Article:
ORANJESTAD, Aruba -- As the mystery of a missing Alabama honors student drags on, questions abound about the Aruban authorities' handling of the Dutch Caribbean island's highest-profile case in decades.
Why were the young men who were last seen with 18-year-old Natalee Holloway left free for days after she disappeared May 30, the last day of a high school graduation trip with 124 other students?
Why did police wait 16 days after she was last seen before searching the home of the Dutch teen flirting with her? Why did Aruban officials ask the FBI to send divers, who came to the island but never searched its waters?
Criminal specialists say these apparent mishaps could make it harder for Aruban investigators to crack the case.
Attorney General Caren Janssen refused to comment on the criticisms, saying only: ''I can't comment on the investigation until it's over. Investigators must be allowed to do their jobs."
Joran van der Sloot, 17, and brothers Deepak Kalpoe, 21, and Satish Kalpoe, 18, from Surinam were the last ones seen with Holloway, an honors student from Mountain Brook, Ala.
The three men told police that, after a night of eating, drinking, and dancing at Carlos' N' Charlie's restaurant, they took Holloway to a northern beach before dropping her off at her hotel around 2 a.m.
The three were questioned soon after she disappeared but were not arrested until June 9. Janssen said there were ''tactical reasons," and there was speculation authorities hoped the freed men might lead them to a clue.
That was an error, according to Joseph Pollini, a criminal justice professor at John Jay College in New York, where he spent 33 years as a homicide detective.
''Once released, it's problematic because somebody surely coached them," he said. ''A lawyer wouldn't be worth his weight in salt if he didn't tell them simply not to say anything." Pollini doubted any confession was now possible.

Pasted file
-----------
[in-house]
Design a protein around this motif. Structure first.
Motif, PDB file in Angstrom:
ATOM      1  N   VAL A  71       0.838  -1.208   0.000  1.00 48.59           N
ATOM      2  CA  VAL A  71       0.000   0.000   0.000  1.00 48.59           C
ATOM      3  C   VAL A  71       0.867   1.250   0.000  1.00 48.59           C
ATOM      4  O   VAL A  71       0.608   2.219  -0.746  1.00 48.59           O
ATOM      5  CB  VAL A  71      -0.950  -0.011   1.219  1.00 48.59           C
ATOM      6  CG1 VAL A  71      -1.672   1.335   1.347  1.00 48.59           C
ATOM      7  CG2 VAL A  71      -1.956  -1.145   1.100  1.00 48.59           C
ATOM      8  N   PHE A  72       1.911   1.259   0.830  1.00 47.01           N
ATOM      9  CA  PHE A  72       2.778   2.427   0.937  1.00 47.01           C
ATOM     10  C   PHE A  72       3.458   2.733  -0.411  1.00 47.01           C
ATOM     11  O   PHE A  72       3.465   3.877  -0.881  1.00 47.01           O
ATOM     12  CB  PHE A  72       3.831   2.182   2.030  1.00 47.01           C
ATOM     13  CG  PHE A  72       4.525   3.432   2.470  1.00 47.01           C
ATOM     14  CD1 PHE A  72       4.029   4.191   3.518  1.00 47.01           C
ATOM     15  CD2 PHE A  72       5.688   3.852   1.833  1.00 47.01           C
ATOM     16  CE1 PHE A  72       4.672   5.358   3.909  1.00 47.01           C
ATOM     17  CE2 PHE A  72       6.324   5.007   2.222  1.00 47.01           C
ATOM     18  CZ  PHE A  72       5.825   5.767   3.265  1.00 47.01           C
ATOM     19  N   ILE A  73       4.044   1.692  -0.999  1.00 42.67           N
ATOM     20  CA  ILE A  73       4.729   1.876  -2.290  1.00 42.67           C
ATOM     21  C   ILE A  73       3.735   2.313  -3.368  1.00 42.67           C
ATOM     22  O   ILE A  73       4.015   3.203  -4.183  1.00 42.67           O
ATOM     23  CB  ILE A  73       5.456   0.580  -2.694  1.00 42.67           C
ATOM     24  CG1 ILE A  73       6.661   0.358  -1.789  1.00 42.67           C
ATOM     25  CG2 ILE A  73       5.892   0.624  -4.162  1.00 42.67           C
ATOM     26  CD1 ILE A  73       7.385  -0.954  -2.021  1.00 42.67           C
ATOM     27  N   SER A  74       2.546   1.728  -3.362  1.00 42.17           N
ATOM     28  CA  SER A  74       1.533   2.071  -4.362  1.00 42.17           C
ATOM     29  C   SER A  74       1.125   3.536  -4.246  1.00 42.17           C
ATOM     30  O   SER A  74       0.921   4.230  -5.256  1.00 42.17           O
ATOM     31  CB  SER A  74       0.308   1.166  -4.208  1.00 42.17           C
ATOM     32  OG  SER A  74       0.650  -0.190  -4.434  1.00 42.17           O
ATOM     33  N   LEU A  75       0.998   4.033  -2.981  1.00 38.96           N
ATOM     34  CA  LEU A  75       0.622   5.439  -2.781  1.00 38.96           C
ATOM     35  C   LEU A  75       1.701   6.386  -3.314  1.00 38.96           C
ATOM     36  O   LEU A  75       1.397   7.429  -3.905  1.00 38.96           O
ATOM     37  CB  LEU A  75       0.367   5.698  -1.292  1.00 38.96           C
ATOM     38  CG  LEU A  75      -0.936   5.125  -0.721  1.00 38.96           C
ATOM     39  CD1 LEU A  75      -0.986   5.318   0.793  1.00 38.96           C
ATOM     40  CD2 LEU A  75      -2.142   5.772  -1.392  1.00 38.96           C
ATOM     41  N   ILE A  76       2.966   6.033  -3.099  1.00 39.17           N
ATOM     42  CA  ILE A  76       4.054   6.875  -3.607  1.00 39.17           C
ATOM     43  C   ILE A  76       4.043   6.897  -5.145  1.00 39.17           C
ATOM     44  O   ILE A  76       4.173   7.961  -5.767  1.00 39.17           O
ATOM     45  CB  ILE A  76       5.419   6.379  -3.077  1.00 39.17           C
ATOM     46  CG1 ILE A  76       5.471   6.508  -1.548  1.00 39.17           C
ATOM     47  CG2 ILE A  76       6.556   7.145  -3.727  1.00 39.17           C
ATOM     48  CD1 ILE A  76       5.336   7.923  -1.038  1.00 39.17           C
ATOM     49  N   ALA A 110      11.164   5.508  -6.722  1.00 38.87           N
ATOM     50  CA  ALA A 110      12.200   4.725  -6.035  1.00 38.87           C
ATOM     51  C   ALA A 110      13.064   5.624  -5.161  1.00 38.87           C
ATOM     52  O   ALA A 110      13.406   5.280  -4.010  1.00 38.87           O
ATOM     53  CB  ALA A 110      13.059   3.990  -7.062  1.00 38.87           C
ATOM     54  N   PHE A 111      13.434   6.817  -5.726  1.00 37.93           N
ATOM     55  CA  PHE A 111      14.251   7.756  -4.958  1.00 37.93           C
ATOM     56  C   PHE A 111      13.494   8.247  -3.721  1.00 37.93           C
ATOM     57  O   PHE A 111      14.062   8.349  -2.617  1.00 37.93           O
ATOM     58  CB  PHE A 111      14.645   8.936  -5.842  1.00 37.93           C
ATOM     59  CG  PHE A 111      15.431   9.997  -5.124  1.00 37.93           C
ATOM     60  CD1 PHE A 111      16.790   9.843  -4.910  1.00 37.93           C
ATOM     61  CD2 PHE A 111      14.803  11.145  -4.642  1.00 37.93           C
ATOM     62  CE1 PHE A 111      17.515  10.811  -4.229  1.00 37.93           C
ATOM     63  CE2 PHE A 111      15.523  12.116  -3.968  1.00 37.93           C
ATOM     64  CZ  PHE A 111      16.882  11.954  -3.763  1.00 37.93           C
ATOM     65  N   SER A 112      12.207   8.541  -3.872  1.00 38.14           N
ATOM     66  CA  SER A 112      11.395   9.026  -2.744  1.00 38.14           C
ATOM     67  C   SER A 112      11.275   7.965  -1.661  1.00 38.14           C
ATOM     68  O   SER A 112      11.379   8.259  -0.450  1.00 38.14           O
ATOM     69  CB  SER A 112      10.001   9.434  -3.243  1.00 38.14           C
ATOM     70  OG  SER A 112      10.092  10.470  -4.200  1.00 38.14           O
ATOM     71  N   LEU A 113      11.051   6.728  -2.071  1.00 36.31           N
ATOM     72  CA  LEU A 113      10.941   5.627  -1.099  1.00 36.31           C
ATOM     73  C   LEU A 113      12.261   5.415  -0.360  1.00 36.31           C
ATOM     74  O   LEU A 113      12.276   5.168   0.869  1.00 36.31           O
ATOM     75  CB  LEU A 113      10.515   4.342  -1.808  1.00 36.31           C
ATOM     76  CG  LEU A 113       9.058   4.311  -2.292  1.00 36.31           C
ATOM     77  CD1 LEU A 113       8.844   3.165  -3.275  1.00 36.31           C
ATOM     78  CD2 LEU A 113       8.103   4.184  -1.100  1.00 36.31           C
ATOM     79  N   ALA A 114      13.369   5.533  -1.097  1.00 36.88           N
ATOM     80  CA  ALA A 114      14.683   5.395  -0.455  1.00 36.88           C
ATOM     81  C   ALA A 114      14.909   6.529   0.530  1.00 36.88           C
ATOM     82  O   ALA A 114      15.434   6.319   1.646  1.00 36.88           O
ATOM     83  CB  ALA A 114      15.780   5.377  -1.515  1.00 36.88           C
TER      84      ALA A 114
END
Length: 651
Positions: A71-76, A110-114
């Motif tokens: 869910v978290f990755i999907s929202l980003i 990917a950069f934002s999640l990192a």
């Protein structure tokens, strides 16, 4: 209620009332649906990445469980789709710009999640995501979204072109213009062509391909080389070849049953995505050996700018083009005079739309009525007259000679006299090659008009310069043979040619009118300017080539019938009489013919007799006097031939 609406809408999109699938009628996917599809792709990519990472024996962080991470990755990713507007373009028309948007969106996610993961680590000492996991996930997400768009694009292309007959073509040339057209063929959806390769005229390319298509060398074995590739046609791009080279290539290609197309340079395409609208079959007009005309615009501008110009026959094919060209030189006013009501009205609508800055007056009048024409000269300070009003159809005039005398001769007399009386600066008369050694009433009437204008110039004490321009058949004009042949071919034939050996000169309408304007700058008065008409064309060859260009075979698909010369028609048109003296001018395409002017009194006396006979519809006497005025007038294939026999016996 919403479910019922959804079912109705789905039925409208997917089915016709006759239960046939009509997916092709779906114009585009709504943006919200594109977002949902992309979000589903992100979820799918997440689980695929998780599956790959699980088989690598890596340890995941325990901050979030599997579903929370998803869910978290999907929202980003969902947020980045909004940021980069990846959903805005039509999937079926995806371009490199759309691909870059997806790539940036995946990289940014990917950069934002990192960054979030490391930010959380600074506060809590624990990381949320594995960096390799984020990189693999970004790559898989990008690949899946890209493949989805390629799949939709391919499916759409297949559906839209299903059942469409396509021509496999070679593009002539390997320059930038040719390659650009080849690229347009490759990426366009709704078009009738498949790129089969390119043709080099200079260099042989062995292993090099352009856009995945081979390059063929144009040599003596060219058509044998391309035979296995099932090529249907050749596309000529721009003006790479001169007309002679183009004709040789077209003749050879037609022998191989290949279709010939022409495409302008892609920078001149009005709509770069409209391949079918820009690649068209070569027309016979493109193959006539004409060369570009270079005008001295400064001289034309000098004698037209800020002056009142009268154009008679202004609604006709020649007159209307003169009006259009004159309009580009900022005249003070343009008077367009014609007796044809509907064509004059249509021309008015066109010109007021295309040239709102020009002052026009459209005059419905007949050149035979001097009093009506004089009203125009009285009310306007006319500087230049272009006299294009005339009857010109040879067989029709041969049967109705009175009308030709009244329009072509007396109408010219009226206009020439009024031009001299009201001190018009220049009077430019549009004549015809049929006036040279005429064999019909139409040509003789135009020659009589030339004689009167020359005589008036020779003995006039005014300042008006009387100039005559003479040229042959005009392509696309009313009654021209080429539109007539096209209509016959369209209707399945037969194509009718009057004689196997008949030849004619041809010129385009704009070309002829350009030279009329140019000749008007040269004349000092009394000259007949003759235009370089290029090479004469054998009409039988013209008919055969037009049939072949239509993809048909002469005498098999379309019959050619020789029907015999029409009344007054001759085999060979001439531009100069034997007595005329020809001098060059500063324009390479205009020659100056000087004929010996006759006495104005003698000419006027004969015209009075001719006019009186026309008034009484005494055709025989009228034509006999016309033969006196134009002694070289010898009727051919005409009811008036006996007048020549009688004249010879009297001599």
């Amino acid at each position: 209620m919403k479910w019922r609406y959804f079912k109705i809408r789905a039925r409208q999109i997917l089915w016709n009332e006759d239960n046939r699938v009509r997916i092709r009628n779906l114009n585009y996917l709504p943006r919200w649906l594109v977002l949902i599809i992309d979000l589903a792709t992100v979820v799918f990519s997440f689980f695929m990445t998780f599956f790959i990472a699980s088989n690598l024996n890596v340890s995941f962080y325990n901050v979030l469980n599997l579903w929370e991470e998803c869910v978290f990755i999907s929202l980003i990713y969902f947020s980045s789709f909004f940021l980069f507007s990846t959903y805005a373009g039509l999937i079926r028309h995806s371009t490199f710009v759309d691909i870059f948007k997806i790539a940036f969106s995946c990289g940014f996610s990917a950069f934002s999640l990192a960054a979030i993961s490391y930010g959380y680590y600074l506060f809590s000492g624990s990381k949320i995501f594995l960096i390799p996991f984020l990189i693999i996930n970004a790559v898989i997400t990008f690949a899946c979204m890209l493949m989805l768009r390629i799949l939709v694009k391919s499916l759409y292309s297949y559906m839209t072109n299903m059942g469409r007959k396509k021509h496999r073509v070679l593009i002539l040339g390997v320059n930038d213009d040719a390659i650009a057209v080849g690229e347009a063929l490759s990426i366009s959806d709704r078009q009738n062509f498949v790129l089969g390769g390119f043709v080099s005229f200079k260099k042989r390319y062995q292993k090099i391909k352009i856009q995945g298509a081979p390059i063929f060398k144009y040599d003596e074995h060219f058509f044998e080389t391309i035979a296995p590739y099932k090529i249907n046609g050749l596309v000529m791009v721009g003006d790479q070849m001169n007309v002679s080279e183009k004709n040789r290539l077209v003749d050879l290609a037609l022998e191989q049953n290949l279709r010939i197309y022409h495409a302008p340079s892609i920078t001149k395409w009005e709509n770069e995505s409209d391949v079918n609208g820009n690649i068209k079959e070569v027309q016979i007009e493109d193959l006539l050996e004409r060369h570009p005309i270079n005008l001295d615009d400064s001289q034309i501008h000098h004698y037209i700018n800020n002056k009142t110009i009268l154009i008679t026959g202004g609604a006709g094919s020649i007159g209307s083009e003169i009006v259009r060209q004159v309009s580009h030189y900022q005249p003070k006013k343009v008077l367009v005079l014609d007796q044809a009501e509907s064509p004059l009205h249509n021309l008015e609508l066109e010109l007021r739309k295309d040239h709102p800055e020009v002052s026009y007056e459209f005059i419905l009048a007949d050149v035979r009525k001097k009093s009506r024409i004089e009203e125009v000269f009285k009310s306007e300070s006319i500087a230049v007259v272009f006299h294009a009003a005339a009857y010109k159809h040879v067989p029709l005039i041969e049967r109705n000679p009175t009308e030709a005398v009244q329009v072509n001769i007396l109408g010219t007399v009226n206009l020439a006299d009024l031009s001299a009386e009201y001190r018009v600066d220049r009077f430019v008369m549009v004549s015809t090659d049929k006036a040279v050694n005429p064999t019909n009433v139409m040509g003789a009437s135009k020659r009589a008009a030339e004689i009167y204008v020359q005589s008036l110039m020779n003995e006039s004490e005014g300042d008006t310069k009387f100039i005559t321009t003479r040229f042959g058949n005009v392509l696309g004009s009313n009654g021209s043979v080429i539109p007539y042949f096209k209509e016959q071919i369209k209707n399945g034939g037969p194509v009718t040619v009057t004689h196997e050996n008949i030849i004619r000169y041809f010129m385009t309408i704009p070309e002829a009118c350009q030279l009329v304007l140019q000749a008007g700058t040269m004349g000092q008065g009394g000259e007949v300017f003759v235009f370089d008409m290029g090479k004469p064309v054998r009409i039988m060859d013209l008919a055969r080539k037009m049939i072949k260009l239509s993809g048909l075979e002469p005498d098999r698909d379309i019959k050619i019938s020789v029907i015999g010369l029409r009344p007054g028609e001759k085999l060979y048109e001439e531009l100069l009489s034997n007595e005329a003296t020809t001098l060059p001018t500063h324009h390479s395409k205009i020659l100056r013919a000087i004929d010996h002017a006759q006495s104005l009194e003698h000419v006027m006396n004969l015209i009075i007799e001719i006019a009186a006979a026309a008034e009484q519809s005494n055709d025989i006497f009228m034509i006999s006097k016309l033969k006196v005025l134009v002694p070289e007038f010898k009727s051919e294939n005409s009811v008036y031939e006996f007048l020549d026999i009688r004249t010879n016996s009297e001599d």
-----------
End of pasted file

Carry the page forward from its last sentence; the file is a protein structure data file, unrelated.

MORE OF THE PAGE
Authorities arrested two former hotel security guards, apparently because the young men told police they had last seen Holloway in the car park of her hotel being approached by a black security guard. The guards, both black, were released a week later, and one, Antonius John, said that while in jail one of the Kalpoe brothers told him they had never taken Holloway back to her hotel but had dropped her off together with van der Sloot at a beach next to the Marriott Hotel.
Investigators led a massive search of Malmok beach June 14.
Only on the following day did investigators search the van der Sloot house, seizing two vehicles, computers, and cameras.
''They should have immediately done a forensic sweep of van der Sloot's house, his car, his clothing, and done the same with the Surinamese boys," said Ron Watson, a retired Alabama police chief who runs a crime scene reconstruction business.
Police did not interrogate the Dutch suspect's father, Paul van der Sloot, until June 17. In a surprise move, they arrested him Thursday. A court appearance for the father, a judge in training on the island, was postponed from yesterday to today because the presiding judge was unable to make it to Aruba from nearby Curacao.
Authorities also have arrested a 26-year-old party boat disc jockey, Steve Gregory Croes. No one has been charged in the case.
Aruban authorities have defended their efforts, saying meticulous police work takes time. ''You have to build up an investigation. You can't just go in there like a cowboy," Janssen said last week when asked why investigators waited more than two weeks to search the van der Sloot home.